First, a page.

100 guard members headed for Southwest Asia | NevadaAppeal.com
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100 guard members headed for Southwest Asia

STEVE RANSON

RENO – Almost 100 Nevada Army Guard soldiers from the 321st Signal Co., left Reno on Sunday en route to Fort Lewis, Wash., for in-processing and training. Eventually they will be sent to Southwest Asia to establish more communication links for U.S troops stationed there.

Five Nevada Army National Guard units have been mobilized for active duty.

Two units have recently returned home while the 1st Regiment, 221st Cavalry is still providing security for the Air Guard facility at the Reno International Airport and Nellis Air Force Base near Las Vegas.

Lt. Col. Vernon Scarbrough, commander of the 422nd Signal Battalion based north of Reno, said the guard members will be at Fort Lewis for up to two months of training before going overseas.

Scarbrough said he does not know where the unit will serve in Southwest Asia until it nears completion of the validation process.

“The process could take two weeks to three months. It depends on how quickly it goes and how quickly the unit is needed in the theater,” he said.

Once deployed, Scarbrough said the unit could be on orders for as long as two years, but he figures the mobilization may last between 12 to 18 months.

The signal company consists of a main body from the Reno-Carson City area plus two squads from the 440th Cable and Wire Company from Las Vegas.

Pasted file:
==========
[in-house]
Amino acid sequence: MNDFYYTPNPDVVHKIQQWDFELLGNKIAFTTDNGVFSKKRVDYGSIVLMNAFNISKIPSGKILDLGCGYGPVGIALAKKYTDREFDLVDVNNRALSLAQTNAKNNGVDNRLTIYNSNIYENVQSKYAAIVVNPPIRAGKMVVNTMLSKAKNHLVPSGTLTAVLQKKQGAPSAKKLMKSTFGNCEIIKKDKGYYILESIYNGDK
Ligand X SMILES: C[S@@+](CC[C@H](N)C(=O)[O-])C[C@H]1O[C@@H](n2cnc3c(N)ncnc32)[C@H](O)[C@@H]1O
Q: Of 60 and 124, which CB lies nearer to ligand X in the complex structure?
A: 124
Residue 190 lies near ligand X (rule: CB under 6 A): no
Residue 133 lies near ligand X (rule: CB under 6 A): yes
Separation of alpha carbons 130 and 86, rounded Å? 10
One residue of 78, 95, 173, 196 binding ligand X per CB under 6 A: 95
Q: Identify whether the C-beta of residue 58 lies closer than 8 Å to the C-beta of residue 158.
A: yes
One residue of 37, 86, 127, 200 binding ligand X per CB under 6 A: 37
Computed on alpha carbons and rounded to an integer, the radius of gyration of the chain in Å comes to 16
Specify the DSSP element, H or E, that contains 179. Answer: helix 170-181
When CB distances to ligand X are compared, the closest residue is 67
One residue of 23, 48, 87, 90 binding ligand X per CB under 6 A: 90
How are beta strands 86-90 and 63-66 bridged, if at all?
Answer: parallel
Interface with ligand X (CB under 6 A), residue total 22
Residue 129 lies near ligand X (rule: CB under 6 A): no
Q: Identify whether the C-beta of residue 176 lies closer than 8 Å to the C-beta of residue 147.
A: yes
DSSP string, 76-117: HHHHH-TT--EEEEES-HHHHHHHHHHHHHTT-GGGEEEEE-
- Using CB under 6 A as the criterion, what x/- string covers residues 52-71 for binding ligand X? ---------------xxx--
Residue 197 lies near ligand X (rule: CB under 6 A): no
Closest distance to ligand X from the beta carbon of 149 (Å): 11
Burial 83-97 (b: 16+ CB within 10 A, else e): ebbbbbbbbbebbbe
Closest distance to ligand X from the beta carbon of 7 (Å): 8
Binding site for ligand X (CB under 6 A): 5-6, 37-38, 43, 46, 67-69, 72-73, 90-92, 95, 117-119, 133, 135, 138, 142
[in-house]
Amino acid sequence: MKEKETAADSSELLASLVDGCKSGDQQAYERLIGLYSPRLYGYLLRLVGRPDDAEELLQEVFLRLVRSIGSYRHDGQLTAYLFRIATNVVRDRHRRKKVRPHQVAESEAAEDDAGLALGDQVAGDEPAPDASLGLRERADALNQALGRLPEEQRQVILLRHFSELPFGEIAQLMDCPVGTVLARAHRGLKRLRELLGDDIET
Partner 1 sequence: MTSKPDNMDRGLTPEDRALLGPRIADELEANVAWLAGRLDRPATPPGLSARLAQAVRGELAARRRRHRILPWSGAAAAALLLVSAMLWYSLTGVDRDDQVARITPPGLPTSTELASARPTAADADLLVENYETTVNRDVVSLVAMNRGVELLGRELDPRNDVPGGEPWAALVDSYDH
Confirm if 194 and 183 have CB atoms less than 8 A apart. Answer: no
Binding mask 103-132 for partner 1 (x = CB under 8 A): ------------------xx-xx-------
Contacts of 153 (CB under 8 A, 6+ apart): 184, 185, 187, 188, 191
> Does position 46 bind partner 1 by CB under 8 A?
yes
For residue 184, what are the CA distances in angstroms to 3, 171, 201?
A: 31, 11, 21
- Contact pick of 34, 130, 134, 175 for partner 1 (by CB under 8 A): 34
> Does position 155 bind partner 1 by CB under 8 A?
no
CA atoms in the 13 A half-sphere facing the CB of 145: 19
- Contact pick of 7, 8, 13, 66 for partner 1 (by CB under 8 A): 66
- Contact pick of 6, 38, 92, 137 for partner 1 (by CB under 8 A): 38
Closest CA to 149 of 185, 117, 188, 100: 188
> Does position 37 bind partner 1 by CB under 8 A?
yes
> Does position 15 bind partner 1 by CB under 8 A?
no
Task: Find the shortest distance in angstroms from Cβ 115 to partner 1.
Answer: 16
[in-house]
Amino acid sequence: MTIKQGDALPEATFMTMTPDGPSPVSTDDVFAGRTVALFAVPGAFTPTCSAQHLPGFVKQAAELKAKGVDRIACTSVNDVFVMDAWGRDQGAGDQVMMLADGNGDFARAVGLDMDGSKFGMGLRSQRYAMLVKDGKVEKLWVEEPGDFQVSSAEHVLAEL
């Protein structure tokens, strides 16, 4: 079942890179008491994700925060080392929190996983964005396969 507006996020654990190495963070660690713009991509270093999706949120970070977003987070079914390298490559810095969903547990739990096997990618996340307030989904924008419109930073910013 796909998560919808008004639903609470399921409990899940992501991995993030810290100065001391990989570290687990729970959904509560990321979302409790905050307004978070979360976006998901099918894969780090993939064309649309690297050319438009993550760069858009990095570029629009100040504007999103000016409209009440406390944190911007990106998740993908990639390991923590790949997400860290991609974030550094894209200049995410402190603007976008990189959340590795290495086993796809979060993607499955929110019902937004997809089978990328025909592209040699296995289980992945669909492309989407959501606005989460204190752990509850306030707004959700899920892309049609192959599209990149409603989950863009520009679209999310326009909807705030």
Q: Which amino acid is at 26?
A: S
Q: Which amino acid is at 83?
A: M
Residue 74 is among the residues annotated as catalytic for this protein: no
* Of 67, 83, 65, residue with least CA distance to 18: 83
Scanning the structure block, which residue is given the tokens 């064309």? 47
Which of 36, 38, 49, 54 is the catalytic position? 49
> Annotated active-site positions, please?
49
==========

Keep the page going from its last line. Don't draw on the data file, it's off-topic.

Scarbrough said the signal company will establish microwave radio communications over a long-distance area. Missions many include setting up line-of-site radio communication, tropospheric scatter radios, some cable and wire, and tactical satellite transmissions.

“We’re like AT&T in the battlefield.” Scarbrough explained. “We go where there is no infrastructure so all units can talk with e-mail, telephones and videoconferencing.”

Spec. Christina Johns, an automated-logistical specialist for the guard and a full-time employee for the Veterans Administration in Las Vegas, said the deployment hasn’t affected her yet.

But “It may when we leave Washington,” said the 20-year-old.

While many soldiers packed their gear in their duffel bags, Staff Sgt. Michael Connell of Reno, a full-time training technician for the unit, is taking his bagpipes to the Middle East.

“It’s kind of a tradition for the pipes to go to war,” Connell said, a 12th- generation Scot whose ancestors have gone to war with their bagpipes beginning with the Revolutionary War.

Connell hopes he can link up with other bagpipers in Southwest Asia.

Capt. Mary Devine, commander of the 440th Cable and Wire Company, hugged many of her soldiers before they left for Fort Lewis.

“I’m so proud of them. They’re wonderful,” she said, her voice choking. “They are committed, dedicated and professional. They have never let me down and have exceeded all expectations I have had.”